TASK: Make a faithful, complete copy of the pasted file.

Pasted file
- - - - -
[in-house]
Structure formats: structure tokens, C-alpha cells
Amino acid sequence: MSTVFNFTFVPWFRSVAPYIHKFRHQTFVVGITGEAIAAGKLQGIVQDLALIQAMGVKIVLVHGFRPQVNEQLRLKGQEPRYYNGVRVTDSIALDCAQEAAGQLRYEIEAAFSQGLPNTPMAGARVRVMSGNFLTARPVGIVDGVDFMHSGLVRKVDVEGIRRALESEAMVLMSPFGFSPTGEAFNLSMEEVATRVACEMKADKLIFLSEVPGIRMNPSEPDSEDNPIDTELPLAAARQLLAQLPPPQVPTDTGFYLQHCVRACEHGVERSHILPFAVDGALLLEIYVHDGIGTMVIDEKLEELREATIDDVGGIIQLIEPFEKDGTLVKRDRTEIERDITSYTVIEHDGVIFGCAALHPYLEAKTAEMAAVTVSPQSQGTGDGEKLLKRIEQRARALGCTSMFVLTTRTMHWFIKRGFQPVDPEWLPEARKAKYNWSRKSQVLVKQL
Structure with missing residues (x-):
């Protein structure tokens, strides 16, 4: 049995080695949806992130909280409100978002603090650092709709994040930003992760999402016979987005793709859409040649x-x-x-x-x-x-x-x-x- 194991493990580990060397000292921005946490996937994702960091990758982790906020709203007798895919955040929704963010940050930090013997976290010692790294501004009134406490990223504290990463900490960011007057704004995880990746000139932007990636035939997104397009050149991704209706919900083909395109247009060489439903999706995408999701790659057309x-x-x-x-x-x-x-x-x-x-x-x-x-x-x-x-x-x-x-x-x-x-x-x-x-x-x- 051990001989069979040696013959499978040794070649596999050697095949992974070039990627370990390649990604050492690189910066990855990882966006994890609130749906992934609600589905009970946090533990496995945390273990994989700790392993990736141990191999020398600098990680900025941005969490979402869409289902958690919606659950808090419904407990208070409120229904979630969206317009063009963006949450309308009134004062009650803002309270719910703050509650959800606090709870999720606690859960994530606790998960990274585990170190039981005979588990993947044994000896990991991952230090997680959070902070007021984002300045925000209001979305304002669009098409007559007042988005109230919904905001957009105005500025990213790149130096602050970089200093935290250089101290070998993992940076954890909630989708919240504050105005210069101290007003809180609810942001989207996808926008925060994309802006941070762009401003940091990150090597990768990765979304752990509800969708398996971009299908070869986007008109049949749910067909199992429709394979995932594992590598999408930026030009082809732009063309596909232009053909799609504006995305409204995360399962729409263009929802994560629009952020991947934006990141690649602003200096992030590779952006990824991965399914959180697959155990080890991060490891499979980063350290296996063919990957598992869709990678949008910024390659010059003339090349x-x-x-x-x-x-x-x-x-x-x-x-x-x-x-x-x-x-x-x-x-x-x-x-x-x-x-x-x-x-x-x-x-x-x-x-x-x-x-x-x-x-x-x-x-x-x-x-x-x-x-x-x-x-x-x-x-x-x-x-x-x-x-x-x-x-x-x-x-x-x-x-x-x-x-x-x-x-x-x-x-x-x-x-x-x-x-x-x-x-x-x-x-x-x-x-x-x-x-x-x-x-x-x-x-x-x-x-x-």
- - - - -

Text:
[in-house]
Structure formats: structure tokens, C-alpha cells
Amino acid sequence: MSTVFNFTFVPWFRSVAPYIHKFRHQTFVVGITGEAIAAGKLQGIVQDLALIQAMGVKIVLVHGFRPQVNEQLRLKGQEPRYYNGVRVTDSIALDCAQEAAGQLRYEIEAAFSQGLPNTPMAGARVRVMSGNFLTARPVGIVDGVDFMHSGLVRKVDVEGIRRALESEAMVLMSPFGFSPTGEAFNLSMEEVATRVACEMKADKLIFLSEVPGIRMNPSEPDSEDNPIDTELPLAAARQLLAQLPPPQVPTDTGFYLQHCVRACEHGVERSHILPFAVDGALLLEIYVHDGIGTMVIDEKLEELREATIDDVGGIIQLIEPFEKDGTLVKRDRTEIERDITSYTVIEHDGVIFGCAALHPYLEAKTAEMAAVTVSPQSQGTGDGEKLLKRIEQRARALGCTSMFVLTTRTMHWFIKRGFQPVDPEWLPEARKAKYNWSRKSQVLVKQL
Structure with missing residues (x-):
């Protein structure tokens, strides 16, 4: 049995080695949806992130909280409100978002603090650092709709994040930003992760999402016979987005793709859409040649x-x-x-x-x-x-x-x-x- 194991493990580990060397000292921005946490996937994702960091990758982790906020709203007798895919955040929704963010940050930090013997976290010692790294501004009134406490990223504290990463900490960011007057704004995880990746000139932007990636035939997104397009050149991704209706919900083909395109247009060489439903999706995408999701790659057309x-x-x-x-x-x-x-x-x-x-x-x-x-x-x-x-x-x-x-x-x-x-x-x-x-x-x- 051990001989069979040696013959499978040794070649596999050697095949992974070039990627370990390649990604050492690189910066990855990882966006994890609130749906992934609600589905009970946090533990496995945390273990994989700790392993990736141990191999020398600098990680900025941005969490979402869409289902958690919606659950808090419904407990208070409120229904979630969206317009063009963006949450309308009134004062009650803002309270719910703050509650959800606090709870999720606690859960994530606790998960990274585990170190039981005979588990993947044994000896990991991952230090997680959070902070007021984002300045925000209001979305304002669009098409007559007042988005109230919904905001957009105005500025990213790149130096602050970089200093935290250089101290070998993992940076954890909630989708919240504050105005210069101290007003809180609810942001989207996808926008925060994309802006941070762009401003940091990150090597990768990765979304752990509800969708398996971009299908070869986007008109049949749910067909199992429709394979995932594992590598999408930026030009082809732009063309596909232009053909799609504006995305409204995360399962729409263009929802994560629009952020991947934006990141690649602003200096992030590779952006990824991965399914959180697959155990080890991060490891499979980063350290296996063919990957598992869709990678949008910024390659010059003339090349x-x-x-x-x-x-x-x-x-x-x-x-x-x-x-x-x-x-x-x-x-x-x-x-x-x-x-x-x-x-x-x-x-x-x-x-x-x-x-x-x-x-x-x-x-x-x-x-x-x-x-x-x-x-x-x-x-x-x-x-x-x-x-x-x-x-x-x-x-x-x-x-x-x-x-x-x-x-x-x-x-x-x-x-x-x-x-x-x-x-x-x-x-x-x-x-x-x-x-x-x-x-x-x-x-x-x-x-x-």